What Does the EEOC Do Anyway? Oh, And It Issued Its New Compliance Manual on Religious Discrimination

Yesterday, January 15, 2021, the U.S. Equal Employment Opportunity Commission (EEOC) approved revisions to EEOC’s Compliance Manual Section on Religious Discrimination (“Manual”).

I’ve fielded some questions lately about the EEOC, so I wanted to clarify for employers what the EEOC does and does not do:

  • The EEOC is not a court.
  • The EEOC does not make law.
  • The EEOC does issue guidance.
  • The EEOC is a federal agency that enforces the federal anti-discrimination and anti-harassment laws such as Title VII of the Civil Rights Act of 1964 (Title VII), the Americans with Disabilities Act, the Pregnancy Discrimination Act, the Equal Pay Act, the Age Discrimination in Employment Act, and the Genetic Information Nondiscrimination Act.
  • The EEOC’s enforcement responsibilities include investigating charges of workplace discrimination against covered employers, preventing discrimination, and education.

Now, religion-based discrimination regulations have been long outdated. So, in November 2020, the EEOC voted to publish proposed changes to the Manual for public review and input.

Image by Andrea Don from Pixabay

This Manual contains the EEOC’s revisions upon review of the public’s comments to the same, advising employers, employees, and the public of Title VII’s protections for employees from religious discrimination in the workplace. Further, the Manual explains the legal protections available to religious employers.

According to the EEOC’s press release, revisions to the guidance include “important updates to the discussion of protections for employees from religious discrimination in the context of reasonable accommodations and harassment. It also expands the discussion of defenses that may be available to religious employers.”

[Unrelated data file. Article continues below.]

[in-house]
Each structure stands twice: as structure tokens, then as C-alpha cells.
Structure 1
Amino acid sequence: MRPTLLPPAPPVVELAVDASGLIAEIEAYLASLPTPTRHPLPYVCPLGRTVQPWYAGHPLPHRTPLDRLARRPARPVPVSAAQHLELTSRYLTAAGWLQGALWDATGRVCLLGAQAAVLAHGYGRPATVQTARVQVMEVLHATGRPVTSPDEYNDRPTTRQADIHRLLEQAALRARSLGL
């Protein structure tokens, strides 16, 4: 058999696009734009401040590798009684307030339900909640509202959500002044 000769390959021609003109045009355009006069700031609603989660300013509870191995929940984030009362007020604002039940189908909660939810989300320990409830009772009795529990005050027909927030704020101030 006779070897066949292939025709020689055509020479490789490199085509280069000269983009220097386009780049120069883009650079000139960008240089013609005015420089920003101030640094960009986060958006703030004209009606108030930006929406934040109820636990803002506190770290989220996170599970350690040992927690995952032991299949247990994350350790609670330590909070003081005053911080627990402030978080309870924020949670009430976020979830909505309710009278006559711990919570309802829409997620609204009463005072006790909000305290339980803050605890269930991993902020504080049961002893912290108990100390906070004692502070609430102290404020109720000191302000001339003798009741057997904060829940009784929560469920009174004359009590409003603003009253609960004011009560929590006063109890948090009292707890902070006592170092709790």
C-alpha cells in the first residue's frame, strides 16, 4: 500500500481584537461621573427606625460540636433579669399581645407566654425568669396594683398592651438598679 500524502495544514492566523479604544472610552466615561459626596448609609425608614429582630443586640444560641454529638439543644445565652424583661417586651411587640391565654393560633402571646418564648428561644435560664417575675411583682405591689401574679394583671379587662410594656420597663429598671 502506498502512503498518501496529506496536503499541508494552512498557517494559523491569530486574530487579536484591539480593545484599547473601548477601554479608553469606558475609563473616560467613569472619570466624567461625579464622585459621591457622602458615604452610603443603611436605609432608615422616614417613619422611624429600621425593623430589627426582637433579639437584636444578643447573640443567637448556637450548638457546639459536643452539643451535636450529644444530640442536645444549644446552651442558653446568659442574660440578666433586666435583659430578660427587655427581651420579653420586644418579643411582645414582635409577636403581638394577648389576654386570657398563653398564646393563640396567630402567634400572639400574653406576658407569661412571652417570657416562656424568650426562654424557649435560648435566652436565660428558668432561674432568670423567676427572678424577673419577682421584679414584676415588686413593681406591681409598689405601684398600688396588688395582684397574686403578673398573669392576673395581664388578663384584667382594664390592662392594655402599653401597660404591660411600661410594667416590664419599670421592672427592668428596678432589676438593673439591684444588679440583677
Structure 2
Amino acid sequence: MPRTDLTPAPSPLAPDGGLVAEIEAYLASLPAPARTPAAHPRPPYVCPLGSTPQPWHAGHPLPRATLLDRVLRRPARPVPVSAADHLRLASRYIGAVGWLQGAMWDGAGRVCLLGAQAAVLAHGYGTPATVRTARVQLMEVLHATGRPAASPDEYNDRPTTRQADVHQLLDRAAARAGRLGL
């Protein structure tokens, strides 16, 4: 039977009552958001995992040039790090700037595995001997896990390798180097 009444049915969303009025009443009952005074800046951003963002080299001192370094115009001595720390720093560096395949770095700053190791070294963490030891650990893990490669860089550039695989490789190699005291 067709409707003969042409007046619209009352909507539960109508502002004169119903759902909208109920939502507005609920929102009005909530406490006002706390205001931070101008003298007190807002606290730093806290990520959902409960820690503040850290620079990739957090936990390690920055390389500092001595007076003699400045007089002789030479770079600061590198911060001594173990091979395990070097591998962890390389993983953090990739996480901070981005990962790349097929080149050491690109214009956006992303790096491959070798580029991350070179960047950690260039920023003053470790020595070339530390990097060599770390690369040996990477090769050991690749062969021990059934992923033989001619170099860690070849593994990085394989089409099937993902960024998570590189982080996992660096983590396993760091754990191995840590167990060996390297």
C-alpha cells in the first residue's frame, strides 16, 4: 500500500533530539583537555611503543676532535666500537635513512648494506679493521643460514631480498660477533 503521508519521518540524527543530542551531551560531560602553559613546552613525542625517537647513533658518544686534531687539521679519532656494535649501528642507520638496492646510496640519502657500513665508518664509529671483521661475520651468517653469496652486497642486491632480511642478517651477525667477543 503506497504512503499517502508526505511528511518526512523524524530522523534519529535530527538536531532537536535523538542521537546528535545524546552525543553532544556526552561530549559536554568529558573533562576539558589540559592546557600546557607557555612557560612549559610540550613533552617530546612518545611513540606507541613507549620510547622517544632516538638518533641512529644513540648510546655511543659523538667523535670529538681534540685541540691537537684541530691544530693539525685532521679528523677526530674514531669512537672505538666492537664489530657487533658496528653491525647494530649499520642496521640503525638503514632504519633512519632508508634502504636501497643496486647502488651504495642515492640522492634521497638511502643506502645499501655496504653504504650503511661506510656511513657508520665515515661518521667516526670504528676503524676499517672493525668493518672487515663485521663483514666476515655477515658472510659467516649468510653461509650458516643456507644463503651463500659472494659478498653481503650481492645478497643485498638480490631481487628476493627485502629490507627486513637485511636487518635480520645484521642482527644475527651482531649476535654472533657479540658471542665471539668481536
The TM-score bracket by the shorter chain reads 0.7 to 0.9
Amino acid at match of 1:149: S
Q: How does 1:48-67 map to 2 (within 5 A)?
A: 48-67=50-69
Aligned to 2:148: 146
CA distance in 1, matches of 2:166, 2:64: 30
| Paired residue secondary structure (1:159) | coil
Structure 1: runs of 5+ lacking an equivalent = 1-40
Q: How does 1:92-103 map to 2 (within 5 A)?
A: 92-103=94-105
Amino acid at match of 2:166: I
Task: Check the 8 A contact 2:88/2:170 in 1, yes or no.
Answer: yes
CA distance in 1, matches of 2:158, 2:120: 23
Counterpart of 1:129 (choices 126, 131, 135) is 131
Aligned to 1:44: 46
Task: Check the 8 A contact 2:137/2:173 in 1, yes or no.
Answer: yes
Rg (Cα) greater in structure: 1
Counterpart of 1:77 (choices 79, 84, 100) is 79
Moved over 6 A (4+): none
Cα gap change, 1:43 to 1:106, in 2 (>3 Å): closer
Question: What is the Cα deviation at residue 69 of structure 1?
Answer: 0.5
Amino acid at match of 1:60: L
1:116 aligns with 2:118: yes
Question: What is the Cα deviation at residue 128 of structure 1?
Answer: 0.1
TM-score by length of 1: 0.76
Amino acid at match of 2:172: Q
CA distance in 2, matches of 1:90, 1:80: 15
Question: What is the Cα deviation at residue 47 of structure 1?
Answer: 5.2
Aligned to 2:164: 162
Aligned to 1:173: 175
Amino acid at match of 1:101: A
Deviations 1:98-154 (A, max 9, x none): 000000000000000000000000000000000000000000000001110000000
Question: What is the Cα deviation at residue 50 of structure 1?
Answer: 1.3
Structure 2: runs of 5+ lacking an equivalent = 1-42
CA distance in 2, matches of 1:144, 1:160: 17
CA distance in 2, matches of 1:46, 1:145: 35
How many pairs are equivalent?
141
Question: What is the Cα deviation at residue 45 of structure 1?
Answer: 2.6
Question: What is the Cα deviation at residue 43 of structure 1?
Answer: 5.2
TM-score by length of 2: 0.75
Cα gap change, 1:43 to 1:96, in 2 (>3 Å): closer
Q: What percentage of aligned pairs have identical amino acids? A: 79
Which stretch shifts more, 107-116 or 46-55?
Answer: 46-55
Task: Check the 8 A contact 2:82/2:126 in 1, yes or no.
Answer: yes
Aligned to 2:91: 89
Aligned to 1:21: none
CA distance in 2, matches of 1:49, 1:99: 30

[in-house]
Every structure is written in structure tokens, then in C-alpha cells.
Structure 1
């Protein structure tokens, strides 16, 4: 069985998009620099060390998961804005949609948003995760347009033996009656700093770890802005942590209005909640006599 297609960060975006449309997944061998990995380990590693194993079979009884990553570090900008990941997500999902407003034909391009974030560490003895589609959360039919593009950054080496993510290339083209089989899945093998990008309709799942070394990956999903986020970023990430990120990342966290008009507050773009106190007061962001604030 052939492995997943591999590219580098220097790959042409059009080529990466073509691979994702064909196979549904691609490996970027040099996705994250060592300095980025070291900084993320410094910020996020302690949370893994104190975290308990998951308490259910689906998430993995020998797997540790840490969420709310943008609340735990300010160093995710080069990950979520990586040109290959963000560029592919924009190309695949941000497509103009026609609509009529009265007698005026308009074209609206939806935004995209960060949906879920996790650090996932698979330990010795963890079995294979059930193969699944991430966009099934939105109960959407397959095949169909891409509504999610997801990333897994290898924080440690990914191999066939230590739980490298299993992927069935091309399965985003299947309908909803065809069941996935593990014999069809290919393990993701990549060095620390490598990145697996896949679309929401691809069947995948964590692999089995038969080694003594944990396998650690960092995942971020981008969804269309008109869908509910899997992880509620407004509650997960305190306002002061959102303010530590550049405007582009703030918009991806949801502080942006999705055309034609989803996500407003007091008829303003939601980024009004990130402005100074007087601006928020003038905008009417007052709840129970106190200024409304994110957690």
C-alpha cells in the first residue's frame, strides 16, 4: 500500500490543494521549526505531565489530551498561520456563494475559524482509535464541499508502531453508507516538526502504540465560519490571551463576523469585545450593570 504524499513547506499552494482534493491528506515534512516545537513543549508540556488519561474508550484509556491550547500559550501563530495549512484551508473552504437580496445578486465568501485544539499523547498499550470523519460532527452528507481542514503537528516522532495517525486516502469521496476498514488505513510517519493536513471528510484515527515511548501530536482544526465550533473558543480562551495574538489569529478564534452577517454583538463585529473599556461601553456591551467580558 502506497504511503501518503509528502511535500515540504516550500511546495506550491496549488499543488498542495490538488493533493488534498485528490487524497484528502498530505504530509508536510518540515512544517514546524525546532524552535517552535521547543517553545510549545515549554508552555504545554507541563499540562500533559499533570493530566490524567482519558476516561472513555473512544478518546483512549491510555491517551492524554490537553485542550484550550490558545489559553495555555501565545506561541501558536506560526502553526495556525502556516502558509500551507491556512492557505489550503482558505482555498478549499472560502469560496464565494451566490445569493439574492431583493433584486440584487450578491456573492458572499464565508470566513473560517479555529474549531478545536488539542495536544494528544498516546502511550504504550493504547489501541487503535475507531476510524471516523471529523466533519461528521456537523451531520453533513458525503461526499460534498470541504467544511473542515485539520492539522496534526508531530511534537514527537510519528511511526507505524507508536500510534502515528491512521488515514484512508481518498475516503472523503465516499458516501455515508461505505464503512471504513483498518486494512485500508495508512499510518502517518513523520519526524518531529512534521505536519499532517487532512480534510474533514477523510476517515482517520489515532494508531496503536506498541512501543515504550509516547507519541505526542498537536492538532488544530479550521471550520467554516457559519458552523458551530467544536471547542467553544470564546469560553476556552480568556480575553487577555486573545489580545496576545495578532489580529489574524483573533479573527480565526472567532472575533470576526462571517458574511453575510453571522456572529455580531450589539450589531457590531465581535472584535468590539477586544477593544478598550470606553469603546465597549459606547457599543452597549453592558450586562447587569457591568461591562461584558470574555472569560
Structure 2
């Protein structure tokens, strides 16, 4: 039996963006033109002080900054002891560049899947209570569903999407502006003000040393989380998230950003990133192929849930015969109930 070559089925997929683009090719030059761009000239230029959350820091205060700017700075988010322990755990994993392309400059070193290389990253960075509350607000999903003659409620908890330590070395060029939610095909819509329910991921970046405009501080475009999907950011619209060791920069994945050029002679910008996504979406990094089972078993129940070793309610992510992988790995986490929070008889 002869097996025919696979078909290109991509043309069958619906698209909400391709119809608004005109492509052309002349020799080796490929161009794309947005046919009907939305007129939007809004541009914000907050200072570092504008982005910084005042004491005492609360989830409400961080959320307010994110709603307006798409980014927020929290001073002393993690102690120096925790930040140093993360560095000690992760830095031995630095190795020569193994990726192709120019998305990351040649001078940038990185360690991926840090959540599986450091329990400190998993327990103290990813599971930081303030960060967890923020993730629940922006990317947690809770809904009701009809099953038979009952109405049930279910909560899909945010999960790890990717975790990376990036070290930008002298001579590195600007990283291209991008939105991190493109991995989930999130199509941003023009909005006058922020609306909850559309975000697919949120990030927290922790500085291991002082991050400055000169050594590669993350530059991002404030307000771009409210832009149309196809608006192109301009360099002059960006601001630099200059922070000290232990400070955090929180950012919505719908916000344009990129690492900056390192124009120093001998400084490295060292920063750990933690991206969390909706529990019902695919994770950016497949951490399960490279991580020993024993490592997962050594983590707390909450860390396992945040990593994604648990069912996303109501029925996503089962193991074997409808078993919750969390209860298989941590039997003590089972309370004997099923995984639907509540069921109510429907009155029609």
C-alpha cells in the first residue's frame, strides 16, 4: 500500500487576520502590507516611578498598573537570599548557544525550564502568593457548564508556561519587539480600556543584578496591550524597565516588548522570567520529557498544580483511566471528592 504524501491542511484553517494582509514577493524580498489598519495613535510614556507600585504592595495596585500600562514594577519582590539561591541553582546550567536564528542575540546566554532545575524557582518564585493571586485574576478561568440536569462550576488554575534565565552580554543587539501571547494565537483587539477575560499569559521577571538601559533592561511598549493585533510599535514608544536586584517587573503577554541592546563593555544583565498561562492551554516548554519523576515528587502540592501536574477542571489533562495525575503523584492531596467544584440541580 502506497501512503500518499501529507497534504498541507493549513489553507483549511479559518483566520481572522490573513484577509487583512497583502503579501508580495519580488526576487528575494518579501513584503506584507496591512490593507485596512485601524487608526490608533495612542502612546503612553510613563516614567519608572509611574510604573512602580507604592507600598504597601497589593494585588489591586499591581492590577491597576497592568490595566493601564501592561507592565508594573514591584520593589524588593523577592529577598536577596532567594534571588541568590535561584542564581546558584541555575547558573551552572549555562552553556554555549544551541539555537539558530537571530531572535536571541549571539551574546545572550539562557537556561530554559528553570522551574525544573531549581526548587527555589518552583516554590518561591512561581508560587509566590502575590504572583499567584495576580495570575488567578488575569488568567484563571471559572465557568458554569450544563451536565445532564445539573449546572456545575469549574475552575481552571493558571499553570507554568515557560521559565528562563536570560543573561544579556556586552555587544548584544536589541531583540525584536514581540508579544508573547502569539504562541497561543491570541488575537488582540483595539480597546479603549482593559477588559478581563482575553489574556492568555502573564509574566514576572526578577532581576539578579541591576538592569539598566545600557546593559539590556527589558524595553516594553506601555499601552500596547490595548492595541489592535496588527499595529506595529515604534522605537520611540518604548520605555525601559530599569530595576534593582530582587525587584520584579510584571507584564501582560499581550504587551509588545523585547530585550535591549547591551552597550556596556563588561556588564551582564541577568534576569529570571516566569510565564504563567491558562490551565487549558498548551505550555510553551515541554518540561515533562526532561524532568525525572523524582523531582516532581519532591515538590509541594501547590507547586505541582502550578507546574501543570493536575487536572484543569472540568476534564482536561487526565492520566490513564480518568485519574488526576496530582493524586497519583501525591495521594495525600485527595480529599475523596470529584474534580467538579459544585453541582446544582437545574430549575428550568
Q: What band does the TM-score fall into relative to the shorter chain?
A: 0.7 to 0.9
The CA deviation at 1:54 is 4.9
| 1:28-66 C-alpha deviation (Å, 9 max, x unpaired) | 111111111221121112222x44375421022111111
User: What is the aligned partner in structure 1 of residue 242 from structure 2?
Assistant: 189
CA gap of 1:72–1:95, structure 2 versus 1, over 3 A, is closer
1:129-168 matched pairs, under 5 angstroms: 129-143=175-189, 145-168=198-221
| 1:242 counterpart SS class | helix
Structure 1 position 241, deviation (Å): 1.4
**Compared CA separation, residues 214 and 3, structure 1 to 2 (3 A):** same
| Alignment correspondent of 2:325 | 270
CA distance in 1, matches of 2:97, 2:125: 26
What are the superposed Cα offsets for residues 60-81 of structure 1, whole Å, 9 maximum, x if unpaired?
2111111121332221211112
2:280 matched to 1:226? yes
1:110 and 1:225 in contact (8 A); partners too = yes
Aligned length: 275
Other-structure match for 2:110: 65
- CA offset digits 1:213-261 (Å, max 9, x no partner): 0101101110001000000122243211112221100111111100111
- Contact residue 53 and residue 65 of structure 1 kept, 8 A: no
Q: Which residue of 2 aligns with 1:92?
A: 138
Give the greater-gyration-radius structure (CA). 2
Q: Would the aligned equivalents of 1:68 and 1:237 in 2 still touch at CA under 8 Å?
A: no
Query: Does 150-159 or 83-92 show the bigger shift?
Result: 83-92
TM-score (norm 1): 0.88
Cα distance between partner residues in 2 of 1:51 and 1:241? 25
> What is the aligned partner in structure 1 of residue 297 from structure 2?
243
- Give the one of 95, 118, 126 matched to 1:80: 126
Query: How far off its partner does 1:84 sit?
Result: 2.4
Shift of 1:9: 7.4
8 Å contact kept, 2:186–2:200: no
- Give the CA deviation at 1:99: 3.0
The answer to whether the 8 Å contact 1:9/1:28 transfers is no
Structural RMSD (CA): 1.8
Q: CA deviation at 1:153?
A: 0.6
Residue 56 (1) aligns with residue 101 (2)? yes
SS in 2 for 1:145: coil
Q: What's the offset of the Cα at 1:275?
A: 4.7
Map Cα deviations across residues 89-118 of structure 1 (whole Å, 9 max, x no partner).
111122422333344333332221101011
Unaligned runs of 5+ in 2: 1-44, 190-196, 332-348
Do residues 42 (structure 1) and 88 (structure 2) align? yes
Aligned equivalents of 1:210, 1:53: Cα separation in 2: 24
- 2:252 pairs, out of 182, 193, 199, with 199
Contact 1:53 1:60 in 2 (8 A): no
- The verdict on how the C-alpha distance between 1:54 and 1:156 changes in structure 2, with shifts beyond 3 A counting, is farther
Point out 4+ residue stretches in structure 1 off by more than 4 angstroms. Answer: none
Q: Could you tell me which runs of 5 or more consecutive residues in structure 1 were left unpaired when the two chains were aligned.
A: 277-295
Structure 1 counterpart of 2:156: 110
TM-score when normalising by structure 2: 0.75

Taking a look at the revised guidance, I can tell you it’s fairly comprehensive detailing various types of employment decisions, employer “best practices” (which might be helpful for employers to review), the various contexts in which employers may bear liability, various types of accommodations, the RFRA, and a detailed explanation of undue hardship in the context of religion (which differs from disability).  

Among other important decisions, the Manual reminds us that in 2020, the Supreme Court of the United States explained and elaborated on the “ministerial exception” defense to discrimination claims against employers that are are also religion organizations. And so much more.

Take a look at the Manual, and let me know what you think.

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Amy Epstein Gluck

Amy Epstein Gluck has represented individuals and corporate clients in Virginia, Washington, D.C., and various federal district courts for more than twenty years. Ms. Epstein Gluck’s current practice areas include employment law—advising on and drafting employment agreements; handling employment negotiations, severance agreements, noncompete and nondisclosure agreements, “wrongful terminations” and other EEO matters; representation at the EEOC level; advising employers about discrimination laws and how to remain in compliance, and employment negotiations.